GOP Skeptical Of Iran Deal

Some Republicans said the agreement to curtail Iran's nuclear program in exchange for easing some sanctions goes too easy on Iran. NPR's White House correspondent Scott Horsley talks to host Rachel Martin about the politics surrounding the deal.

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RACHEL MARTIN, HOST:

This is WEEKEND EDITION from NPR News. I'm Rachel Martin.

In a diplomatic breakthrough, Iran has agreed to temporary limits on its nuclear program. In exchange, the U.S. and its allies have agreed to relax some of their crippling economic sanctions on Iran. The six-month agreement is designed to buy time to negotiate a more lasting deal that would prevent Iran from developing nuclear weapons. It's already drawn a skeptical response in Israel and from some lawmakers here at home.

NPR's White House correspondent Scott Horsley joins us now to talk more about this. Good morning, Scott.

SCOTT HORSLEY, BYLINE: Good morning, Rachel.

MARTIN: So, this deal is something President Obama has waited a long time for. How is he talking about it? What's he saying?

HORSLEY: Well, that's right. This is the first real payoff for the strategy that the president has been pushing since he took office, really, even before that, on the campaign trail. Over the last five years, his administration has painstakingly assembled an international coalition against Iran, isolated that country economically, and it's imposed those punishing sanctions, all in an effort to change Iran's calculation and make the leaders there ask themselves how much is a nuclear weapon really worth to us?

It's taken a long time. There were a lot of doubts along the way. There are still a lot of doubts about this strategy. But President Obama said last night he sees at last a diplomatic opening here and the U.S. needs to explore it.

PRESIDENT BARACK OBAMA: The first step that we've taken today marks the most significant and tangible progress with Iran since I took office. And now we must use the months ahead to pursue a lasting and comprehensive settlement that would resolve an issue that has threatened our security and the security of our allies for decades.

MARTIN: So, Scott, the U.S. and its allies now have six months to negotiate a permanent deal. What happens in the meantime?

HORSLEY: Well, this deal suspends Iran's pursuit of more highly enriched uranium. And it requires that country to dilute or neutralize its existing stockpile that's closest to weapons grade. And that temporary halt is important to the U.S. because a big concern with the diplomatic approach has always been Iran could simply use the talks to buy time while its bomb makers continue to do their work.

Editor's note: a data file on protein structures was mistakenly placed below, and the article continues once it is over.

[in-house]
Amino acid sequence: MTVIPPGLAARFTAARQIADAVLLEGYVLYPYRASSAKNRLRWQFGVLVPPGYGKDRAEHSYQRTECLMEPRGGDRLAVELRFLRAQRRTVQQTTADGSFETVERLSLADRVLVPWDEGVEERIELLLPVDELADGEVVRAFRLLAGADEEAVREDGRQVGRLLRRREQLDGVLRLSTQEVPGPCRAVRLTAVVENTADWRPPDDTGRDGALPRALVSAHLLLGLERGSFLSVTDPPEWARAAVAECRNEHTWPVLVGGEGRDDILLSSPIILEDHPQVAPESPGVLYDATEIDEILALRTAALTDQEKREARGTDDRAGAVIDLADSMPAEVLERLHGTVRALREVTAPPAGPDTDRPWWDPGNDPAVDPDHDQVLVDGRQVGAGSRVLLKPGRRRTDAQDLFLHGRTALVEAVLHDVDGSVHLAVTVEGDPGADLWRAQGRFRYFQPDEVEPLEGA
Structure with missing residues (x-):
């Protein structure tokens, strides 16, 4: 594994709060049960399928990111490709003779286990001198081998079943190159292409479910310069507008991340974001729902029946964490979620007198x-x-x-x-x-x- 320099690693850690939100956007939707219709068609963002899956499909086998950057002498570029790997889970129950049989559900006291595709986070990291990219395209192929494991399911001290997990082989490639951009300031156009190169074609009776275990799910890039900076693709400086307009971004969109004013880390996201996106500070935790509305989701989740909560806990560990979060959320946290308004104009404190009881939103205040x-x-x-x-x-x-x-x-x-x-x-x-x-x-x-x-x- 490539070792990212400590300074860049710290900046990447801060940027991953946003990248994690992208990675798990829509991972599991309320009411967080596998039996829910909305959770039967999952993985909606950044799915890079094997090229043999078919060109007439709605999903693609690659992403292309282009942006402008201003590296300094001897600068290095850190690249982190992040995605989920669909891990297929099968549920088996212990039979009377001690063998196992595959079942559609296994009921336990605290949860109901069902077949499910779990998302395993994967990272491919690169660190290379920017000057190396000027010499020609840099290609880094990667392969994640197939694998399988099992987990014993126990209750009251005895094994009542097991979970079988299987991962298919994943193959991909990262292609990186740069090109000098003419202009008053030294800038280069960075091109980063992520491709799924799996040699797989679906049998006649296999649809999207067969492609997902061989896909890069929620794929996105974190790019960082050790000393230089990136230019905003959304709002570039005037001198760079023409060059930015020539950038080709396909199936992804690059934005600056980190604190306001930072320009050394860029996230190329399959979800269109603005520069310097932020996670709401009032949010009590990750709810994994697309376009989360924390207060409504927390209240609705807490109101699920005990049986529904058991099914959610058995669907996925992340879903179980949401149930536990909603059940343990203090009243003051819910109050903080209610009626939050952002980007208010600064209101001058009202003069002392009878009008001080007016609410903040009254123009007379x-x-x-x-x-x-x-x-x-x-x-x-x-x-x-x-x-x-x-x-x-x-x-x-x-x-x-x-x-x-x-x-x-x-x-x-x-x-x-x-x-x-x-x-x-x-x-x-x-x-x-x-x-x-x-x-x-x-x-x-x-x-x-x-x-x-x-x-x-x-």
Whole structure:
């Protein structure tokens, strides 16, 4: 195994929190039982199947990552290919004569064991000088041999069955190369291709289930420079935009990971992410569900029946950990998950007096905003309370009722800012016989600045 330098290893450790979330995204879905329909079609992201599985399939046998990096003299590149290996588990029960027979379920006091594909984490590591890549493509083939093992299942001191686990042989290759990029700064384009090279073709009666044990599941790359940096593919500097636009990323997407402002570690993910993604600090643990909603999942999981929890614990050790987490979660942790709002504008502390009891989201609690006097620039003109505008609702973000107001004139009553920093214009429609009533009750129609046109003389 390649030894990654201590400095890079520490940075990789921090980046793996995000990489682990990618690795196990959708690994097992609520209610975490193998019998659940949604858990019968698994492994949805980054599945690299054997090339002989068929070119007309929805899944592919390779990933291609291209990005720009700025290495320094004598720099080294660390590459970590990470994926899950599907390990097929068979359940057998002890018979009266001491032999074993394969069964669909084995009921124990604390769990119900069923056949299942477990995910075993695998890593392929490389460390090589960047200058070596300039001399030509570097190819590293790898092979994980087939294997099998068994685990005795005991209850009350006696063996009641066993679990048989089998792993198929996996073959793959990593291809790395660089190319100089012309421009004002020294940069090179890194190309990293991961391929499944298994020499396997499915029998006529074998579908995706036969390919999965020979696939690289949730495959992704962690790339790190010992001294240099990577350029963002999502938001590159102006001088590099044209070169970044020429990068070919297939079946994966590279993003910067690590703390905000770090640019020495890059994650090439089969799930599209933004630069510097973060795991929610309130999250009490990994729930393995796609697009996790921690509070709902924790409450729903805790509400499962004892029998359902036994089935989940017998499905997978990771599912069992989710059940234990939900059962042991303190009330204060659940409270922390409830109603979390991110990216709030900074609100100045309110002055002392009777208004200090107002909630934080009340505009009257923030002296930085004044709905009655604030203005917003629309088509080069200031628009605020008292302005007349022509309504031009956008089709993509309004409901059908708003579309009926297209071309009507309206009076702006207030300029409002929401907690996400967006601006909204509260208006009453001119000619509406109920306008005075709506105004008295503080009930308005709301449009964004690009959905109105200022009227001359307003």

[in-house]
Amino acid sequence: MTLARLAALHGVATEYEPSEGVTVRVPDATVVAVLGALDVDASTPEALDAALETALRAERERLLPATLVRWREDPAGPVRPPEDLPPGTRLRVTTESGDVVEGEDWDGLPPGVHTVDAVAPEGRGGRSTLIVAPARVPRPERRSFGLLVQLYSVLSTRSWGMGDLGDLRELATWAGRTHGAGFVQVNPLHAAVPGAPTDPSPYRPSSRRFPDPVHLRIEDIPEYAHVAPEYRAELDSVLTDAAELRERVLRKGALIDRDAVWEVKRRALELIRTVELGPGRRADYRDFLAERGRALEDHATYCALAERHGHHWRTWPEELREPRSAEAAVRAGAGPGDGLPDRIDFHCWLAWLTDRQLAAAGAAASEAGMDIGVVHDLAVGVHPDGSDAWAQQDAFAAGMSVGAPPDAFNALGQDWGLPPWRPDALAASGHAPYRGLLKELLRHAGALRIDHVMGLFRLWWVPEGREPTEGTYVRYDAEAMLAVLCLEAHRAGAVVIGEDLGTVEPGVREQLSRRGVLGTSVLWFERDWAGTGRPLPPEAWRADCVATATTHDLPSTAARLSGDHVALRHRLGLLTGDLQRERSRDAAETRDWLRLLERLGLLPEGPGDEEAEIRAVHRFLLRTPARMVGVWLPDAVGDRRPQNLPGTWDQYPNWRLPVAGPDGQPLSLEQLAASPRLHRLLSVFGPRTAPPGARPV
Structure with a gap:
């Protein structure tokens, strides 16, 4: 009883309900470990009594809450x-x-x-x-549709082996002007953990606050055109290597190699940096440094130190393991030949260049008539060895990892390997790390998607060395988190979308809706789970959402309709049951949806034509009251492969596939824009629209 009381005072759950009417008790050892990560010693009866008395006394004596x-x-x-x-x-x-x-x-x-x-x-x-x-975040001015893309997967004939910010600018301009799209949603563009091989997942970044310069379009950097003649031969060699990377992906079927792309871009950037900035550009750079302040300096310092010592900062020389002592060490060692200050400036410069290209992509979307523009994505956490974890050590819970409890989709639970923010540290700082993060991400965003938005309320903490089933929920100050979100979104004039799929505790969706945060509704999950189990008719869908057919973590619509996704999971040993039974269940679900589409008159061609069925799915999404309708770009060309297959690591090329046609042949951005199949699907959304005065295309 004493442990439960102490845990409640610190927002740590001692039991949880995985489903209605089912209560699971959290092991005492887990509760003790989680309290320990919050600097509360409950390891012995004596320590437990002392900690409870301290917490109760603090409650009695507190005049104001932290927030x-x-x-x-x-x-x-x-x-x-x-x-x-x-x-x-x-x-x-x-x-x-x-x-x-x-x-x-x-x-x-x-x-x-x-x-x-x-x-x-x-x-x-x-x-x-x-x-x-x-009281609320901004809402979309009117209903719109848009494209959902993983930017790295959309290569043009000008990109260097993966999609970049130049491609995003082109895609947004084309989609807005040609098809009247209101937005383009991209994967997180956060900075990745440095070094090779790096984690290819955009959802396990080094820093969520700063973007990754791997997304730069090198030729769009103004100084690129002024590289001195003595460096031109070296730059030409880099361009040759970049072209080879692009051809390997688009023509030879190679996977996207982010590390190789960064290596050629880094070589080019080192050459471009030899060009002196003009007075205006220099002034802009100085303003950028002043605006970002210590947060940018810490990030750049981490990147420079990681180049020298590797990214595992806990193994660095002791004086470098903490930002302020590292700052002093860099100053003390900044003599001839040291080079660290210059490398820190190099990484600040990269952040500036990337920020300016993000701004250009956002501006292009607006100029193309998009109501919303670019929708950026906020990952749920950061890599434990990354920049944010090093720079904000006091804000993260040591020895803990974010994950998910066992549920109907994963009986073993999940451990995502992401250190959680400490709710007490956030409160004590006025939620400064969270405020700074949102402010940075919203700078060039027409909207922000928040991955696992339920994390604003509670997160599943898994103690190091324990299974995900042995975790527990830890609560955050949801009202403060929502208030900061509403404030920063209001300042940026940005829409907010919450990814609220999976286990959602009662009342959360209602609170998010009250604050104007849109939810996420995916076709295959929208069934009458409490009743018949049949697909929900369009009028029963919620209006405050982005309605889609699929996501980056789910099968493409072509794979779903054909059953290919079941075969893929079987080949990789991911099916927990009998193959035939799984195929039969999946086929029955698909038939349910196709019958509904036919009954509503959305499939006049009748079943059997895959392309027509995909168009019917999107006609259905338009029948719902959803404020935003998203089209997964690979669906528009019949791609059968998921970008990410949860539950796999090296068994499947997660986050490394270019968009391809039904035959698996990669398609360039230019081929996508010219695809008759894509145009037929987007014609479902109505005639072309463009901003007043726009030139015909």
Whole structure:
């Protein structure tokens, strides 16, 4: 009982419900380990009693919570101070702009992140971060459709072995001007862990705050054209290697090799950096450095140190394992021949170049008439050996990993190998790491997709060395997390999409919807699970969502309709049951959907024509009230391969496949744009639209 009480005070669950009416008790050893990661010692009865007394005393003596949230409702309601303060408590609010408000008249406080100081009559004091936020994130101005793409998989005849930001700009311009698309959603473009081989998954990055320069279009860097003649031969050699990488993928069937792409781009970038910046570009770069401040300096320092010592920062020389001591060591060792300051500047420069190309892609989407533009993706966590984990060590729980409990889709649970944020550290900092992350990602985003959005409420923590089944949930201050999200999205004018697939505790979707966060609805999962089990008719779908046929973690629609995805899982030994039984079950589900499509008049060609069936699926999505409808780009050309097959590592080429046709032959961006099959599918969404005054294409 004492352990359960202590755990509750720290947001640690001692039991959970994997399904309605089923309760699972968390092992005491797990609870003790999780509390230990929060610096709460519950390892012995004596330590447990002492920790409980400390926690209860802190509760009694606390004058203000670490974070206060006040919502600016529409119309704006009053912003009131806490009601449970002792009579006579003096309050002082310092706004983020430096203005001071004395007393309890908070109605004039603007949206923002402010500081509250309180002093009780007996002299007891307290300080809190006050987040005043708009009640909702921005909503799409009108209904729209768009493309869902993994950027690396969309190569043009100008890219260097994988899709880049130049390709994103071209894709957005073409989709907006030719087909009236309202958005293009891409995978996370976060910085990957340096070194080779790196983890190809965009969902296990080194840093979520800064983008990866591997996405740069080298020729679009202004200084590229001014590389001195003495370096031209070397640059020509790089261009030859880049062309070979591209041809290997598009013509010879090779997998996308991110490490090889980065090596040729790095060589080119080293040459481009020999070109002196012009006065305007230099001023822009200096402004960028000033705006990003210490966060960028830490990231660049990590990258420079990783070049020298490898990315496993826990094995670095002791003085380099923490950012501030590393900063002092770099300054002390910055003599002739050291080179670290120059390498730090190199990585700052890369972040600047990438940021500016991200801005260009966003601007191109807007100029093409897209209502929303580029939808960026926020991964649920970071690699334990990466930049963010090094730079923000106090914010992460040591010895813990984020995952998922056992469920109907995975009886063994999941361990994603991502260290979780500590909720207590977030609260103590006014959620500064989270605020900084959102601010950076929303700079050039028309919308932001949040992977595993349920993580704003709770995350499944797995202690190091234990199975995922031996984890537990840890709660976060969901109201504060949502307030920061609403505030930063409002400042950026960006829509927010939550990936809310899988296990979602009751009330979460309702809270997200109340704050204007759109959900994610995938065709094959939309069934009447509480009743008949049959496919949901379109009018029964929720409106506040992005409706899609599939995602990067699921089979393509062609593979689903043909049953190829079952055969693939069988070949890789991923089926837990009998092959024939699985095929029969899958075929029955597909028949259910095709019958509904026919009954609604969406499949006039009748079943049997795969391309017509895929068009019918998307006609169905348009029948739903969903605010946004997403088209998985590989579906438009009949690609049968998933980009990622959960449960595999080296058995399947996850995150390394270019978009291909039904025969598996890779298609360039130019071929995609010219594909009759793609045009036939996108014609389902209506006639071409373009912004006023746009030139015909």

This agreement is designed to freeze Iran's progress so at the end of the six months they're no closer to having a weapon. In fact, they should be a little bit further removed. And the deal calls for daily visits by international inspectors to make sure Iran is living up to its bargain.

MARTIN: And in exchange, Iran gets a break from those international sanctions. How much of a break?

HORSLEY: Well, to hear the Obama administration talk about it, it's a pretty small break. Over the course of the next six months, Iran gets an economic benefit worth some six to $7 billion. But the core of the sanctions remains in place and those are costing Iran $5 billion every month just in lost oil sales.

So the sanctions really are hurting Iran's economy. It's contracted by about 5 percent. The country is facing steep inflation. So it is paying a heavy price for pursuing its nuclear program. And Iran's leaders have to be asking themselves if it's worth it.

MARTIN: Not everyone in Washington is on board with this plan though. Some in Congress have argued this is not a time to let up on sanctions. In fact, they'd like to see even tougher sanctions passed.

HORSLEY: That's right. We've already seen some criticism that this deal as too favorable to Iran. But the White House argues, you know, it's not just U.S. sanctions that have hurt Iran but the near total isolation of that country by the international community. And the concern at the White House is that that international coalition could splinter if it were to appear that Iran is willing to bargain and the U.S. and its allies are not.

So with Iran offering this handshake, officials felt the U.S. and its allies had to reach back - albeit carefully. They say if six months from now it turns out Iran is not serious, the sanctions can be ratcheted right back up again.

MARTIN: NPR's White House correspondent Scott Horsley. Thanks so much, Scott.

HORSLEY: You're welcome.

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